When early Christian Americans realized they could use African slaves to work their farms for them, they felt they needed to justify the enslavement of humans. This is when the myths about those of color were started. It hurts me to my core that there are still those who consider themselves Christians that still believe these myths, and think they are better than anyone else. Jesus Christ would seek out those who were the societal outcasts and show them love. He shared God’s love, mercy, and compassion with ALL people – even those who were trying to kill Him. The Good Shepherd would leave the 99 to find the one. He gave His life so we would have life. I wonder, when Jesus comes again will He be treated the same as He was before – there were those who knew Christ as the Son of God and those who wanted to kill Him because they felt He threated their power. Remember, Jesus was from the Middle East – His skin wouldn’t have been white. Will Jesus be treated with love or with hate? 

In trying to find comfort in the Bible, I read Proverbs and my heart dropped when I read the following: 

Proverbs 29: 22-23, 25 

“An angry man stirs up dissension, and a hot-tempered man abounds in transgression. 

A man’s pride will bring him low, but a humble spirit will obtain honor. 

The fear of man is a snare, but whoever trusts in the LORD is set securely on high.”

Because everyone has a different background and interprets scripture differently, here is what I see in the above verses. To me, the first verse is saying that when we see injustice we need to do something to stop it, but not let our anger take over and cause us to do things against God. The second verse is reminding us when our pride takes over we will fall into sin, but when we are humble we can bring honor to our cause. The last verse is reminding us that when we let fear guide us we will fail, but when we trust God to guide us we will succeed. We can’t let our anger and fear control us, this is what the devil wants so we stray from God and His plan for us. When we fear others because of the color of their skin, their religion, their culture, their beliefs, their sexual preference, their lifestyle, or anything different than us, we are falling into the devil’s snare. Jesus told us to love each other and showed us how to see in our differences we can find common ground to work together for the better good.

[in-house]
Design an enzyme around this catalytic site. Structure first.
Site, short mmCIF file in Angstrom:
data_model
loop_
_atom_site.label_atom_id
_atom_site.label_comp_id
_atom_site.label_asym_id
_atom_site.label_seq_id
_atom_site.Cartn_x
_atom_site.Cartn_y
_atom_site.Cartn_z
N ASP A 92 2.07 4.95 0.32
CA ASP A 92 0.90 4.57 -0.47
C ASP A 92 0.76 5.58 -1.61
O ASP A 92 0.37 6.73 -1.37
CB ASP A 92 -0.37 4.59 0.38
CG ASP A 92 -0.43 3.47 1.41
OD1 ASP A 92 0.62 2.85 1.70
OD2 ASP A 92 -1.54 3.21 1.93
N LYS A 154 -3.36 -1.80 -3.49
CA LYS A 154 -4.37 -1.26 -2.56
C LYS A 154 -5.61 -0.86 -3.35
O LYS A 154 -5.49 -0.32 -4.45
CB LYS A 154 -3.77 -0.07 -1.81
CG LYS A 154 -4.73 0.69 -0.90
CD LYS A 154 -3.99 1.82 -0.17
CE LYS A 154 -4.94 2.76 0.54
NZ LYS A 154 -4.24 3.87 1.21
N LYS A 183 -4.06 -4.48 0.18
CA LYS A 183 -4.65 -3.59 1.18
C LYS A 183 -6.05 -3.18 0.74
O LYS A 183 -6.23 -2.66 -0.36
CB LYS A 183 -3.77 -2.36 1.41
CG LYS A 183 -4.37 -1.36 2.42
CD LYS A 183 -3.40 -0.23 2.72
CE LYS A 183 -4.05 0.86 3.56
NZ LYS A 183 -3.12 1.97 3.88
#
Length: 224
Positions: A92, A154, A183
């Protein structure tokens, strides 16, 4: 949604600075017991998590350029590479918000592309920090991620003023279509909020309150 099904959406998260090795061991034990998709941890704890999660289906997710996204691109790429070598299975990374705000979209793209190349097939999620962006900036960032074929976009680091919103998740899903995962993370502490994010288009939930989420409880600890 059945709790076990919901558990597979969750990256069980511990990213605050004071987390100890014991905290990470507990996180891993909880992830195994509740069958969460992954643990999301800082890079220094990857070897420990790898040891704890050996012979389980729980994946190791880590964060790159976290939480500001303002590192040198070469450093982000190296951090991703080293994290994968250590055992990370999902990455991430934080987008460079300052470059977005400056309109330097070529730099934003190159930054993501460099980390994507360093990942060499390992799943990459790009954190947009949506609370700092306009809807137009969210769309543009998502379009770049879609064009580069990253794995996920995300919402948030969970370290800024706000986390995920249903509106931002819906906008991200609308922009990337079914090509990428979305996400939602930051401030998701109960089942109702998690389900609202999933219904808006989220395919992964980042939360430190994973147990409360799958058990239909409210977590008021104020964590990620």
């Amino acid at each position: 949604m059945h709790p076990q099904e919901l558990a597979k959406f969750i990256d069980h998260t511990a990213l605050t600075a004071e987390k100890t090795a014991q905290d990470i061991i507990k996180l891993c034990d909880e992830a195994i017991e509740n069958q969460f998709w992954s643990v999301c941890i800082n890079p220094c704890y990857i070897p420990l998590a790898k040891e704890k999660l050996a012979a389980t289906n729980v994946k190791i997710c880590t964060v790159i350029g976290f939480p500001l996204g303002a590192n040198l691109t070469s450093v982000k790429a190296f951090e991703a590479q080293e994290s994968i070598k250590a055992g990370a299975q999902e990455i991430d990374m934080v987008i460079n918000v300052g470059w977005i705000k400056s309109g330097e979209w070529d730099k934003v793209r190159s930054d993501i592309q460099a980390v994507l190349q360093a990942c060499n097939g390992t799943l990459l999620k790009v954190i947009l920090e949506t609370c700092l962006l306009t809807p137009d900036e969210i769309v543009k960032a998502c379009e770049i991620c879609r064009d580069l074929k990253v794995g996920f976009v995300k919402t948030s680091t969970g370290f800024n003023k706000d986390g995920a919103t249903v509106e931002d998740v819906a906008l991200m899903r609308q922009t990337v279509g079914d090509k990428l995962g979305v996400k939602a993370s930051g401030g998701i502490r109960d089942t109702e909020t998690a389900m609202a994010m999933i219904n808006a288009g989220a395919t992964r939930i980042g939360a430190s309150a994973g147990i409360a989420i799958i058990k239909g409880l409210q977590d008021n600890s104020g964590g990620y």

2020 has been filled with many incidents to cause fear: Covid-19, stay at home orders, unemployment, schools shutting down, riots, earthquakes, hurricanes, all on top of everyday struggles. The world is one big ball of stress and needs a big hug. We need to use this time to focus on what we can do to better ourselves and help others. We need to start to live more Christ like and share God’s love, mercy, peace, comfort, and compassion with others. We can’t be shellfish and keep it all for our ourselves. Speak out and don’t stay silent any longer. This world won’t change if we stay silent. There are countless times that Christ stood-up for those who were being unjustly ignored and persecuted. We must stand-up against injustice – it’s what Jesus did. 

Image credit: https://pixabay.com/photos/girl-female-woman-face-head-3274018/